1 x Bespoke Learning Framework = 10 x Performance
I read recently that if your Learning Framework links to your company strategy and targets specific needs and skills of employees, you are ten times more likely to be a high-performance learning organisation. So, they say! But what does a framework look like and how do you build one.
Bersin (2014) helpfully defines a learning architecture as:
‘An organisation’s unique map of agreed-upon learning needs, learning strategies and delivery strategies for all of its training.’
In our experience, a fit for purpose Learning Framework will be able to harness the tacit and technical knowledge that give the organisation its uniqueness. It will cater to the ever changing needs of individual and collective learning, make use of today’s wonderful technology and take into account social, mobile, gamification, face to face as well as and in the moment learning too. That’s not a lot to ask!
A sound framework will encompass the L&D Team (albeit the Team may need to evolve), content developers, managers, technology, systems, 3rd party suppliers, administration, formal and informal learning, real live processes, leadership, technical, support, collaboration, projects – you name it – it is connected. In short, a good L&D framework makes use of a variety of technology, methods and learning architecture so that it supports organisational objectives, reduces spend and delivers the right learning, to the right people, in their preferred learning style at the right time.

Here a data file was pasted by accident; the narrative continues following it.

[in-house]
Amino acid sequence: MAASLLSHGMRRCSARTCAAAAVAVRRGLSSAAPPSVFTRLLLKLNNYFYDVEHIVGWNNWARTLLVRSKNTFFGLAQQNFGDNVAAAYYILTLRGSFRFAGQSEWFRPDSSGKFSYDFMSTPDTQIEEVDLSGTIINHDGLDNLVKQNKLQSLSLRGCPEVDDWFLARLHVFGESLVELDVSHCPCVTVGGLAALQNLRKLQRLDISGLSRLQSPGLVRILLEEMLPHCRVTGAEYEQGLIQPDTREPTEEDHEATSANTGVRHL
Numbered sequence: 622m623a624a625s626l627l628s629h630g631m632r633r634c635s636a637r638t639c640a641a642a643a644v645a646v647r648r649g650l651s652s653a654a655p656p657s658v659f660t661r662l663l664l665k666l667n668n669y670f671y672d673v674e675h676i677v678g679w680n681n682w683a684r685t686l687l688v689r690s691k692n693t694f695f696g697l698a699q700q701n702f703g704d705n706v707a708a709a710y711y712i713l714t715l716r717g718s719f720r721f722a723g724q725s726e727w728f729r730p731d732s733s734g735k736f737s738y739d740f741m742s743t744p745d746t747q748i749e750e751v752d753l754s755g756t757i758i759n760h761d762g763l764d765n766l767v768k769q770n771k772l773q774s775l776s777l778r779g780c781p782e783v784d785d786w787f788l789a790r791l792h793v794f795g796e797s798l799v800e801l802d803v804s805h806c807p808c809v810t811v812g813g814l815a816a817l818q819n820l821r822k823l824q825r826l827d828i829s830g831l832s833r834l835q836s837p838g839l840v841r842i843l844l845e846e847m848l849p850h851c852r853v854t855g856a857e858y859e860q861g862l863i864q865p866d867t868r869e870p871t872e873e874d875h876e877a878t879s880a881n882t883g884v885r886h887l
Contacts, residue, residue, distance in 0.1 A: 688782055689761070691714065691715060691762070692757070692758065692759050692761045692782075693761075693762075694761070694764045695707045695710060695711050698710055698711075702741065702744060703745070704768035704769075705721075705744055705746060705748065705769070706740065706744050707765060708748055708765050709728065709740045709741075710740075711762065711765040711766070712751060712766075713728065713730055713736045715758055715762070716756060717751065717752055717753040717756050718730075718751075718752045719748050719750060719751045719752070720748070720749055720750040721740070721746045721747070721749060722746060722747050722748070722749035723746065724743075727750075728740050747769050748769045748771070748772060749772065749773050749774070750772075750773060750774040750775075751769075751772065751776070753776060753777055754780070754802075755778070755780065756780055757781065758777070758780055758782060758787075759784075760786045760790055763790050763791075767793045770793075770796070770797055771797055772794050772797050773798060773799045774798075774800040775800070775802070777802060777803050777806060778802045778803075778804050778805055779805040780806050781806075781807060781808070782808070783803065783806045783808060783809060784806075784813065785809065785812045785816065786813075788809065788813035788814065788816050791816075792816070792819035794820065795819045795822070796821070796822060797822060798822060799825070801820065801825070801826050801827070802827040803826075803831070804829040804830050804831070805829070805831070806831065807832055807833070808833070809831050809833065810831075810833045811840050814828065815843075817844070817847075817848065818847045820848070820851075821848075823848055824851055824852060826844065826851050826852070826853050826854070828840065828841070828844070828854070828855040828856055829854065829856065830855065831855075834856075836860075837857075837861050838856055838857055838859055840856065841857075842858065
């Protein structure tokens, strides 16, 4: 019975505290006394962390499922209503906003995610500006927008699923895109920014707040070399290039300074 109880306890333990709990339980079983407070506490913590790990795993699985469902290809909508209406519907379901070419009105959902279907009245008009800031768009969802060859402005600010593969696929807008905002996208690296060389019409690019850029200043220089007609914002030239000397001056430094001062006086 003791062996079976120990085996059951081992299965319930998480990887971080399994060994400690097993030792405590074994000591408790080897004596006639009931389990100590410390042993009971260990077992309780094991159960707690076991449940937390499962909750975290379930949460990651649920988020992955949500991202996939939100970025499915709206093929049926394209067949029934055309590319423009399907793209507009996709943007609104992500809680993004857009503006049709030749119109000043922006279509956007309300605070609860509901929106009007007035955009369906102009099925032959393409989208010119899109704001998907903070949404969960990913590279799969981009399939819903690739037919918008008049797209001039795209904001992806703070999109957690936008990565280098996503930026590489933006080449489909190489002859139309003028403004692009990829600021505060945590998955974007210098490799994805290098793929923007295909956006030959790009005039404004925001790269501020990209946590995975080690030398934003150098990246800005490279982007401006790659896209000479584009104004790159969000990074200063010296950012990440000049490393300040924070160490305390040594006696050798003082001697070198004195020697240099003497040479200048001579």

Many organisations dive straight into the detail of gathering the “As Is” data and arrange workshops for thinking about how they can make L&D service better. Some grab hold of the 70/20/10 scaffold and stick to that. They miss a trick. Start by getting key stakeholders to help you put in place some simple design values that will become the foundations for the new Learning Architecture and your new model will have more chance of success.
Here are a few tips to get you started:
- Begin with a review of the organisational goals as that informs the learning strategy – the learning needs, learning and delivery strategies for all knowledge that is required to achieve goals.
- Move on to map the needs of the learning audience, the desired culture and values
- The two combined will enable a clear view of what types of problems the organisation will solve, how they will solve them, what tools they need, the approaches to take, the disciplines required, the tools and technology to support the framework.
- Determine the gap, the solution and the key investment areas
Sound easy, doesn’t it? It’s not. It’s a complex piece of work that should be carefully detailed and methodically scoped. An experienced Programme Manager will help you navigate the key stakeholders and subject matter experts through a process of discovery and knowledge transfer so that you capture the unique learning needs and DNA of the organisation and its customer base.
Finally, content and subject material management become fundamental to developing a quality learning architecture because, in the end, it is the content that you share (rather than the wrapper around it) which leads to continuous learning in this technology rich, Omni-channel learning world.
Ruth rolls up her sleeves to work on site with organisations to help you plan and deliver a Learning and Development framework that will make the difference between mediocre performance and high performance. Contact her on 0797 650 9551 for a chat about your needs.